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Frostbite Forces Nunavut Man's Hands To Be Amputated

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A chef from Cambridge Bay, Nunavut is going to have his hands amputated after suffering severe frostbite.

Romeo Tucci was walking to a cabin during a whiteout earlier this month when he fell through a crack in some ice, CBC News reported Tuesday.

Soaked and disoriented, he found his way to a health care centre. By the time he arrived, his hands were "frozen solid like a rock and white like a ghost."

(WARNING: GRAPHIC IMAGE)

frostbitten hands
Romeo Tucci's hands, post-frostbite. (Photo: GoFundMe)

Frostbite is a condition that happens when extreme cold damages both skin and body tissues, according to the U.S. National Library of Medicine.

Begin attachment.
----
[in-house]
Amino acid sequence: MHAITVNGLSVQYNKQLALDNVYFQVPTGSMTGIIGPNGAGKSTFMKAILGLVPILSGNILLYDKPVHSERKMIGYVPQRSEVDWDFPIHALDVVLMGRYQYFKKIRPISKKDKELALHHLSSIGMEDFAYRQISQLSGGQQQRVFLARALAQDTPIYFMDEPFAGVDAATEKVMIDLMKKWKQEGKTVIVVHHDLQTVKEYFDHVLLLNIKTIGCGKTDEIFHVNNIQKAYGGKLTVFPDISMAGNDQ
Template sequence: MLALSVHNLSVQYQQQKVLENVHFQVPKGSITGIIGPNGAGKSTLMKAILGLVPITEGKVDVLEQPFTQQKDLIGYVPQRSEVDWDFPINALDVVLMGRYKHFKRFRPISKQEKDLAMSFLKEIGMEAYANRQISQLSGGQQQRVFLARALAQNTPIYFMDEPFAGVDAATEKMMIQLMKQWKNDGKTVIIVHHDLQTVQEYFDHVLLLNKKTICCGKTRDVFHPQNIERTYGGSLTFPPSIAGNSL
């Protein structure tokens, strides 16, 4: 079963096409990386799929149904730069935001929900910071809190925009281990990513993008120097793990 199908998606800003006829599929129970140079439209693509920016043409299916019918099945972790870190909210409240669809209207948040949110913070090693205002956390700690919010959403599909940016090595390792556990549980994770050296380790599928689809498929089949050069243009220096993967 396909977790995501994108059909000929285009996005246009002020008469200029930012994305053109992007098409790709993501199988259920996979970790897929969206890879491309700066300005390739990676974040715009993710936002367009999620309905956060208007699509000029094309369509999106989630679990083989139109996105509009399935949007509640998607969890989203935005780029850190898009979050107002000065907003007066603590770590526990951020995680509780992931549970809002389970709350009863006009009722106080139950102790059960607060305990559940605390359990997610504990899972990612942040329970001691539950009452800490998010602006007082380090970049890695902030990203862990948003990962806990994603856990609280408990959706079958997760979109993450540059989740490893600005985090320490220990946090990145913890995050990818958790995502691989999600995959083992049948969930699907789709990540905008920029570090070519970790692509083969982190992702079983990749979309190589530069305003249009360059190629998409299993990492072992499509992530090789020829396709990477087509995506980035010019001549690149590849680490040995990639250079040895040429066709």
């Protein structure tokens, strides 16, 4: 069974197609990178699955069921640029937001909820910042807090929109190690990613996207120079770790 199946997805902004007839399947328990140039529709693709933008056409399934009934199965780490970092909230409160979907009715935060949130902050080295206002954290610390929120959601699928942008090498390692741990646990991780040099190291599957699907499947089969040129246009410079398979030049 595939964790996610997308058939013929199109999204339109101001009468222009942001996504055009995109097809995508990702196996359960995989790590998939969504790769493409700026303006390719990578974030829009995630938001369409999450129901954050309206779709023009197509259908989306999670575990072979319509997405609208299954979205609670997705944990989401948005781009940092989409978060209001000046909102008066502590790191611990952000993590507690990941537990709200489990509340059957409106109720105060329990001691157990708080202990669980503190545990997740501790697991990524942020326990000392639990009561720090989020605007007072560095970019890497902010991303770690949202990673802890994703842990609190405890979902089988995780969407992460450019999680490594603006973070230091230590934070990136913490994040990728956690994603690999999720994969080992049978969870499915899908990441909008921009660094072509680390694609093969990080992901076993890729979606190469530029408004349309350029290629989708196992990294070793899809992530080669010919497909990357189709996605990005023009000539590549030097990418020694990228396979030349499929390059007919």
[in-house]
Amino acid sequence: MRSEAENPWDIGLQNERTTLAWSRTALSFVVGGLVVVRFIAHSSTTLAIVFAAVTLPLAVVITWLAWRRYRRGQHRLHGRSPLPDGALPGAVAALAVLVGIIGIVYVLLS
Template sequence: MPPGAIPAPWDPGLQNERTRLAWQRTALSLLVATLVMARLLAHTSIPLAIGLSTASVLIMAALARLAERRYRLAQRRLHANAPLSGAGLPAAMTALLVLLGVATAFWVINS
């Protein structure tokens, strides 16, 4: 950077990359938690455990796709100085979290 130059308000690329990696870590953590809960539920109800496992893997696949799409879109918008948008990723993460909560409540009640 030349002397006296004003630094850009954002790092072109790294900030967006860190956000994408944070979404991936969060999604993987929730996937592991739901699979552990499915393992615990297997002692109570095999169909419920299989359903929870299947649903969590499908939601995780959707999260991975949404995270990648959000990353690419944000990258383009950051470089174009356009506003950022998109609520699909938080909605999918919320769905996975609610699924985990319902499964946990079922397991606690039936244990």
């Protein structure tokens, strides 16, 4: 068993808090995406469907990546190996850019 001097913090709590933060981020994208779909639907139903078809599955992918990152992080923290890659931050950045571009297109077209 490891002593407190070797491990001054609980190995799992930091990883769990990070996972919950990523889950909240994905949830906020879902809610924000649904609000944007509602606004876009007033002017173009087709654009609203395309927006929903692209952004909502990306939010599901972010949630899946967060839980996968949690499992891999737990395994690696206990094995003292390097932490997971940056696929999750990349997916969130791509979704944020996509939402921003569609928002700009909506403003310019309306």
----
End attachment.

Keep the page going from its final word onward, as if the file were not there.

You can recover from frostbite if it doesn't affect your blood vessels — if not, the damage is irreversible.

Tucci suffered frostbite to "95 per cent of his hands," according to a GoFundMe page, and they're being amputated in an Edmonton hospital on Apr. 5.

His family is raising money through the site to pay for prosthetic hands, as well as a hotel and airfare.

"I'm scared," Tucci told CBC News. "I'm a chef. I need my hands."

This isn't the first time that graphic images of frostbite in Canada have appeared on the Internet.



Last year, an Australian woman posted photos of her frostbite to Imgur after she fell asleep outside in Prince Albert, Sask. when it was -30 degrees Celsius.

She was able to keep her hands and made a full recovery.

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